Controversies and challenges
Da Silva states that she faces many challenges due to her identity. Brazil is one of the most deadly countries for transgender people, with 179 reported murders in the year 2017. This is the highest number in a decade. Additionally, black women are acutely underrepresented in Brazil's government. After this most recent election in 2018, Brazil's Senate had no increase in representation in the Upper House, with black women still holding 12 out of 81 seats. The Lower House, however, saw a five percent increase in black women representatives, from previously holding 51 seats, to an increase with 77 seats out of 513.
Another challenge da Silva will states she will face comes from Jair Bolsonaro. Bolsonaro is a divisive far-right politician who has just been elected as the 38th president of Brazil. He won 55 percent of the vote after a runoff against Fernando Haddad of the Leftist Workers' Party (PT). Throughout his campaign he has played on the public's fears about security and a recent increase in violent crime. (In 2017, homicide rates rose to a record high of 63,880, a 2.9 percent increase from 2016.) As a former army captain, Bolsonaro has claimed that he will combat the security crisis by militarizing the police, increasing pressure on criminals by allowing police officers greater weapons privileges, and decreasing restrictions on public gun possession. Bolsonaro has faced criticism throughout the election due to his past controversial and discriminatory statements about race, gender, and sexual orientation.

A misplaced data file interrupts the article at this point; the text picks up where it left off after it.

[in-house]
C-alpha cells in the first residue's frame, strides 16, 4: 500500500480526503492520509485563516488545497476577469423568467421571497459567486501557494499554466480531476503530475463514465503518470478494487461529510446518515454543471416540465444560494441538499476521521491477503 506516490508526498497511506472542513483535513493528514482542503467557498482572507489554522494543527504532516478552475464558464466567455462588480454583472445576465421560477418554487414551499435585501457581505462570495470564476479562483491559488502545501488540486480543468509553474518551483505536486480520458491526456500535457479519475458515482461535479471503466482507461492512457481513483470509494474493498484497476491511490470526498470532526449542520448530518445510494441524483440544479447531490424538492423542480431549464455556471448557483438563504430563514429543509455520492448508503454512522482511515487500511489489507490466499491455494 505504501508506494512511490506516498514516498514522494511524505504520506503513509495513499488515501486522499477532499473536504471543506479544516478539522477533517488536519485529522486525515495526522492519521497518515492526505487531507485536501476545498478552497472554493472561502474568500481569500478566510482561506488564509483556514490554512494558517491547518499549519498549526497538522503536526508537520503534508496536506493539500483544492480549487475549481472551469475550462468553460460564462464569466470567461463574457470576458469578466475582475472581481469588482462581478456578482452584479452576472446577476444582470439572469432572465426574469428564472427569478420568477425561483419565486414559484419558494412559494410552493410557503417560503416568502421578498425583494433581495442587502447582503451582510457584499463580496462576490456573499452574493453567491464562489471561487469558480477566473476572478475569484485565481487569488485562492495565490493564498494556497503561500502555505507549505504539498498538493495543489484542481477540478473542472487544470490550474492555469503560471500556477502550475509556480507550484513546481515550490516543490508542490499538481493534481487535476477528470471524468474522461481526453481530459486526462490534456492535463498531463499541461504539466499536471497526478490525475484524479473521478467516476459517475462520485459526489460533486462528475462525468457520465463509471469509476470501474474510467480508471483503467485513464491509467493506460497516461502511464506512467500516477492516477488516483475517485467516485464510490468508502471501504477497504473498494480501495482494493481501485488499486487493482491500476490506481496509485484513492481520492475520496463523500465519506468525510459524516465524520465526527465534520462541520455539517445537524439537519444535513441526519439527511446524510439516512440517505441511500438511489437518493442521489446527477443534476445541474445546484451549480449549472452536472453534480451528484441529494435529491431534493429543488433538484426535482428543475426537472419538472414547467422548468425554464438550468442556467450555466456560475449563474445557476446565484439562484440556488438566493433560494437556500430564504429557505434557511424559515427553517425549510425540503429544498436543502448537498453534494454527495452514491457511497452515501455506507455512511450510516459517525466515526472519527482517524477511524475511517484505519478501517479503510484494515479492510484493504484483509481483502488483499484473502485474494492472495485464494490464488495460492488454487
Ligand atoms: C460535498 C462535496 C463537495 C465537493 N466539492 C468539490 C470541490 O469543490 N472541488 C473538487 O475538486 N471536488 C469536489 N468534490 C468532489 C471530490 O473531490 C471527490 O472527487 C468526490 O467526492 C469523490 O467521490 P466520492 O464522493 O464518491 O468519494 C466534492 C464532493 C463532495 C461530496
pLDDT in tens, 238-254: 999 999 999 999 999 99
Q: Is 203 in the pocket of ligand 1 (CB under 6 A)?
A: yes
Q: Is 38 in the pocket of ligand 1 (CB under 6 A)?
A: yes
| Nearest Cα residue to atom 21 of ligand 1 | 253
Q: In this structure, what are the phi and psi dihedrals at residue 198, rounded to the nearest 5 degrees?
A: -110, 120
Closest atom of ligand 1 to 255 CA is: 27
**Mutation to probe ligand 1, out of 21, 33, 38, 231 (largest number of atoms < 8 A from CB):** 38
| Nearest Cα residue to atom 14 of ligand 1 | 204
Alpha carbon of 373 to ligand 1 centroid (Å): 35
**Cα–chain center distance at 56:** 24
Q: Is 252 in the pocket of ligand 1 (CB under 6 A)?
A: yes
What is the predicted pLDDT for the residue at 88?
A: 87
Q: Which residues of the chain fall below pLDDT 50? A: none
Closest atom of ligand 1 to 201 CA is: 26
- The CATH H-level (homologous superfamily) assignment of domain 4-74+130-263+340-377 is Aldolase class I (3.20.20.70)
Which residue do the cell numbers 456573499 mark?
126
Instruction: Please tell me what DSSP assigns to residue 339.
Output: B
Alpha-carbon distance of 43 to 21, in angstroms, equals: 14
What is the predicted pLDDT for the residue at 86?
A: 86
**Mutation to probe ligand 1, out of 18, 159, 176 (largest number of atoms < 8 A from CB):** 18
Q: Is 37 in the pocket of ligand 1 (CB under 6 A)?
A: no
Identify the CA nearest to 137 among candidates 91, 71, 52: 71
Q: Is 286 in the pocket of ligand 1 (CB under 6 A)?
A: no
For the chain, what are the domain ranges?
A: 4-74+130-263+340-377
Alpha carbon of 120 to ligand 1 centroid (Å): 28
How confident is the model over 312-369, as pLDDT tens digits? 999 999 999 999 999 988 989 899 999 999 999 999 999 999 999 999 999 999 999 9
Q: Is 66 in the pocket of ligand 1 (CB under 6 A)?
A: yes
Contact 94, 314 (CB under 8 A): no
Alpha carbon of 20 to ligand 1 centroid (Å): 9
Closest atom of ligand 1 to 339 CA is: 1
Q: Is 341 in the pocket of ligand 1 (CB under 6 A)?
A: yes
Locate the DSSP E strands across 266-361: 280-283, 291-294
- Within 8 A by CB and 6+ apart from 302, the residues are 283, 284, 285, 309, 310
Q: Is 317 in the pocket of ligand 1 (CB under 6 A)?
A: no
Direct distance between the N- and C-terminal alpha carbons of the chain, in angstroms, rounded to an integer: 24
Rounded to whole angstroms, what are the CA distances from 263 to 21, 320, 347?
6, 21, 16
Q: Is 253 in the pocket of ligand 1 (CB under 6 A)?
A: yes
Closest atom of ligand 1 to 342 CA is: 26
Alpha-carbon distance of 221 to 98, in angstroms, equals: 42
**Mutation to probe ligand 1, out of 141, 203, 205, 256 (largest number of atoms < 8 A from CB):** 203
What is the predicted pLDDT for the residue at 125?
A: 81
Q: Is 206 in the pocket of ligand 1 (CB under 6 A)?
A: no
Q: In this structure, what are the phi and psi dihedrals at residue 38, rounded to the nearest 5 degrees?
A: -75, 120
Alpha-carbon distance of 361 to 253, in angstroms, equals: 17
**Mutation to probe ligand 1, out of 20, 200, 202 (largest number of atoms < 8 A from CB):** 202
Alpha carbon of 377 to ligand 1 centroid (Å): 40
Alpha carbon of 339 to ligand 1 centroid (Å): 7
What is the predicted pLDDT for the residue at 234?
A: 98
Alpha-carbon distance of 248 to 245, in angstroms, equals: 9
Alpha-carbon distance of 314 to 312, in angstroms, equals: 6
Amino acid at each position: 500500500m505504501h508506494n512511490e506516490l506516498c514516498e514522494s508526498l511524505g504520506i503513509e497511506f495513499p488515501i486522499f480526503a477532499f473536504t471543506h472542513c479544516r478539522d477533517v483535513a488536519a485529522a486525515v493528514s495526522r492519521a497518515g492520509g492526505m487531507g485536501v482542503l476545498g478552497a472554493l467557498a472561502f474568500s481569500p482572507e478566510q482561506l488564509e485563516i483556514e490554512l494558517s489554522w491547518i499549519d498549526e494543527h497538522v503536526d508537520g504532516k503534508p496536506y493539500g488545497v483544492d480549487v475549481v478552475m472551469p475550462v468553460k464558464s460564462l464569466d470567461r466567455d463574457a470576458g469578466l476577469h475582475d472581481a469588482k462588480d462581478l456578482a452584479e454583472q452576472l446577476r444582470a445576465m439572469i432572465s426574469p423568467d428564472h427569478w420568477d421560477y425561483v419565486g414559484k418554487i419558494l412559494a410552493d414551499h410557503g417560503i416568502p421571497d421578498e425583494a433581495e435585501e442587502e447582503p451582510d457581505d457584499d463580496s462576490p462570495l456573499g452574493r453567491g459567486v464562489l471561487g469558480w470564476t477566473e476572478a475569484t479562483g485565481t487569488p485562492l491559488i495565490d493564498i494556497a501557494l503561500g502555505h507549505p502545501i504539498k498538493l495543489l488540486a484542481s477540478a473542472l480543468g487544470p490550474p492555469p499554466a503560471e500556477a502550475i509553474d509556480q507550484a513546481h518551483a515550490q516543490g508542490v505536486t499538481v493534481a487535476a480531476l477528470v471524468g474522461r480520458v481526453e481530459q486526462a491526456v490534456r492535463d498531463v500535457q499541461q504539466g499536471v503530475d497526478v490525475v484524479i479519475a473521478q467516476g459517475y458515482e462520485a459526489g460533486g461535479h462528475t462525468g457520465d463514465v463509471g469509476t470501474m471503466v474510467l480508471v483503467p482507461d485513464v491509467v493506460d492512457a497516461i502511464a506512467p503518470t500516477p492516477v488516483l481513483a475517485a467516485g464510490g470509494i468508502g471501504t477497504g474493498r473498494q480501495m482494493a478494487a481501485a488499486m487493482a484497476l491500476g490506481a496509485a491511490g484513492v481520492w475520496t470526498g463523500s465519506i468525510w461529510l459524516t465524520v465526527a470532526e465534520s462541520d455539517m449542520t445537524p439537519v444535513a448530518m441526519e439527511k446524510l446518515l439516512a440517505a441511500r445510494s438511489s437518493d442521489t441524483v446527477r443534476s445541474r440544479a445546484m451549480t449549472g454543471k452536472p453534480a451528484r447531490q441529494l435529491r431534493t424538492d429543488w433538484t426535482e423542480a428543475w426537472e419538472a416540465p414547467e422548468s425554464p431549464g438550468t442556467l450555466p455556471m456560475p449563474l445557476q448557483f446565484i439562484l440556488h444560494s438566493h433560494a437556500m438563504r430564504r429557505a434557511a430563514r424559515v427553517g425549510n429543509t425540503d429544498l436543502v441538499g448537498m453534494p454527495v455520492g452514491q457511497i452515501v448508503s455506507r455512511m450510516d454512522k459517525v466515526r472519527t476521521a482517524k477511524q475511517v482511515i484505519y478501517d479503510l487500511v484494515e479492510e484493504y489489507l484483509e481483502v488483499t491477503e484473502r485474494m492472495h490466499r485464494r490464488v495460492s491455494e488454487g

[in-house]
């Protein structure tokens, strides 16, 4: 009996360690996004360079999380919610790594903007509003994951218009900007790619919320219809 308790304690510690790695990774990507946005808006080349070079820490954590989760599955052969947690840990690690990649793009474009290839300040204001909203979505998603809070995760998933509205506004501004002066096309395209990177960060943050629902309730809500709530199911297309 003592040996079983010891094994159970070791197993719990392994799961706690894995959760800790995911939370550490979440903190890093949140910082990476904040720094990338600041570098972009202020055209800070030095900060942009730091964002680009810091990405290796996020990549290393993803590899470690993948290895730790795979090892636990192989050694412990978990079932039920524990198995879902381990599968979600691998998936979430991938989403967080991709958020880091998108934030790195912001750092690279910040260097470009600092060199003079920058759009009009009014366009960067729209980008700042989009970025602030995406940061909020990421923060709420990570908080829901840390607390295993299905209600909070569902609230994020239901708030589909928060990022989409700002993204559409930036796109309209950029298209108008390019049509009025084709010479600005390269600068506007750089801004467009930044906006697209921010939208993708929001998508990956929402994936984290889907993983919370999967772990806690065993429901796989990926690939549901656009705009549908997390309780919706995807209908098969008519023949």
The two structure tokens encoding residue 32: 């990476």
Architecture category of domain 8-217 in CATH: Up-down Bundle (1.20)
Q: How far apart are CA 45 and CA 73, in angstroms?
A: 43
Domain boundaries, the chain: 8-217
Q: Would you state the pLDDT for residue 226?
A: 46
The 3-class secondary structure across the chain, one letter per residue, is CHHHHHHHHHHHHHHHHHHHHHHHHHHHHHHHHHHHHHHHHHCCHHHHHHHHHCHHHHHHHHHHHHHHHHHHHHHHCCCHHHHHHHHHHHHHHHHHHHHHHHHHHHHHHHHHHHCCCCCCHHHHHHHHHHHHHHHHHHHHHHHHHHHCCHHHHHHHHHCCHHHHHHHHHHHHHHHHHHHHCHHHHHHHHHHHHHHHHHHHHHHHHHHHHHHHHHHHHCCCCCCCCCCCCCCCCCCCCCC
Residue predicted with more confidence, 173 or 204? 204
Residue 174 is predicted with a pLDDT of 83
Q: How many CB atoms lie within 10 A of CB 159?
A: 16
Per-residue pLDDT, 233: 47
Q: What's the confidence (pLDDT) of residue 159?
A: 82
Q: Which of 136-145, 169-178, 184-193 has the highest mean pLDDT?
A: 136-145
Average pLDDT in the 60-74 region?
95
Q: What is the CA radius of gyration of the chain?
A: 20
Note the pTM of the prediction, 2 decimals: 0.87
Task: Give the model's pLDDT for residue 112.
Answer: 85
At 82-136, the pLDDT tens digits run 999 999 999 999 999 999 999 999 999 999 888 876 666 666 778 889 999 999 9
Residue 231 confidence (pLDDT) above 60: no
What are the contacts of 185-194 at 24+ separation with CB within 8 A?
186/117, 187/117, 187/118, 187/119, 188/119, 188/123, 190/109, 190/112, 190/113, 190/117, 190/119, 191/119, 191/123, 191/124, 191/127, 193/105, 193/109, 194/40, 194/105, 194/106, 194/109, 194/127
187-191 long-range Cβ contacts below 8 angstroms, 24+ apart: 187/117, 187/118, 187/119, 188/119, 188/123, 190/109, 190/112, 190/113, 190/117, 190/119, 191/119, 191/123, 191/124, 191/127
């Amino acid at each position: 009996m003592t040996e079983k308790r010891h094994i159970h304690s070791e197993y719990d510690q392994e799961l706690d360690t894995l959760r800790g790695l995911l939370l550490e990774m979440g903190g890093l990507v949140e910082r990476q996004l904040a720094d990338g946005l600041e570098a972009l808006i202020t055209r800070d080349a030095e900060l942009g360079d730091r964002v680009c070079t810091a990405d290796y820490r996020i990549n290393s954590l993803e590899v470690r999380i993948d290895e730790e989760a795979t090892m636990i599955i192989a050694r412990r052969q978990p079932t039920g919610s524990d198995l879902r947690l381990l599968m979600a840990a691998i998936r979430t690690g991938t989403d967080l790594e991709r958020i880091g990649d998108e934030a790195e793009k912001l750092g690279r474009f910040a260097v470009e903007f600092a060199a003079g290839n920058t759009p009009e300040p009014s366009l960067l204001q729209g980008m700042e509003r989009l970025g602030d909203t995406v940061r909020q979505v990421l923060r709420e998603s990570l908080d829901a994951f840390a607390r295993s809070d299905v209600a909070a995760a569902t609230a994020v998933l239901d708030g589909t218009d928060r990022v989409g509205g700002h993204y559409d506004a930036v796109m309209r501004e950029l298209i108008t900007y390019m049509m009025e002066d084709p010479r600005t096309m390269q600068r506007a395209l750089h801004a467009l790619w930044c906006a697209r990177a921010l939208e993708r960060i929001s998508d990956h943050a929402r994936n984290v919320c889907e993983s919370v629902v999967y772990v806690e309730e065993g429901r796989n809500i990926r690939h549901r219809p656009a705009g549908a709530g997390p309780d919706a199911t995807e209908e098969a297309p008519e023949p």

Bolsonaro has remarked that black people living in the traditional communities of quilombos were not even good for procreating anymore. During his campaign he pledged to get rid of protected indigenous lands. He has regarded having a female child as a "weakness", and said that women should not be employed equally, and should earn less than men because they "get more labour rights than men". Additionally, he has said stated that a fellow lawmaker was not worth raping because she was "too ugly" and not his "type". In a 2011 interview, Bolsonaro was quoted for saying that if he were to have a gay son, he would prefer for him to die in an accident than be homosexual, since Bolsonaro would never be able to love him. He has also been taken to court for hate speech in the past.